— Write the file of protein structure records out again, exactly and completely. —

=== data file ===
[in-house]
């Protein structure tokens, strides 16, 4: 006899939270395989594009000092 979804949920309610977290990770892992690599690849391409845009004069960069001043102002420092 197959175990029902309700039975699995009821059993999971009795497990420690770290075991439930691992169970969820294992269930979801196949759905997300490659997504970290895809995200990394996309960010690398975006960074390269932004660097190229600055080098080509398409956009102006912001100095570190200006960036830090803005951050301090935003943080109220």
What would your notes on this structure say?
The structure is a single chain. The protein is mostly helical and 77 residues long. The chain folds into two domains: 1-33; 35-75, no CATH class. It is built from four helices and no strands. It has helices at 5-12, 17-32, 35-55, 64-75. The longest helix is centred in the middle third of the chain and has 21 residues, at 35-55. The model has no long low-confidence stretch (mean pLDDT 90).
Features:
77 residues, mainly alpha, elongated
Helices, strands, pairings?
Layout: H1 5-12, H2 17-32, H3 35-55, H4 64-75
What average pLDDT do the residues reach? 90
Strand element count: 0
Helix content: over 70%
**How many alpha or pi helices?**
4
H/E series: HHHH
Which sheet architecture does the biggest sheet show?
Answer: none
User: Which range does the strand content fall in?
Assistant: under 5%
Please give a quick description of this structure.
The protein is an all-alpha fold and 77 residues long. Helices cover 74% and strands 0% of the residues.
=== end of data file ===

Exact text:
[in-house]
């Protein structure tokens, strides 16, 4: 006899939270395989594009000092 979804949920309610977290990770892992690599690849391409845009004069960069001043102002420092 197959175990029902309700039975699995009821059993999971009795497990420690770290075991439930691992169970969820294992269930979801196949759905997300490659997504970290895809995200990394996309960010690398975006960074390269932004660097190229600055080098080509398409956009102006912001100095570190200006960036830090803005951050301090935003943080109220």
What would your notes on this structure say?
The structure is a single chain. The protein is mostly helical and 77 residues long. The chain folds into two domains: 1-33; 35-75, no CATH class. It is built from four helices and no strands. It has helices at 5-12, 17-32, 35-55, 64-75. The longest helix is centred in the middle third of the chain and has 21 residues, at 35-55. The model has no long low-confidence stretch (mean pLDDT 90).
Features:
77 residues, mainly alpha, elongated
Helices, strands, pairings?
Layout: H1 5-12, H2 17-32, H3 35-55, H4 64-75
What average pLDDT do the residues reach? 90
Strand element count: 0
Helix content: over 70%
**How many alpha or pi helices?**
4
H/E series: HHHH
Which sheet architecture does the biggest sheet show?
Answer: none
User: Which range does the strand content fall in?
Assistant: under 5%
Please give a quick description of this structure.
The protein is an all-alpha fold and 77 residues long. Helices cover 74% and strands 0% of the residues.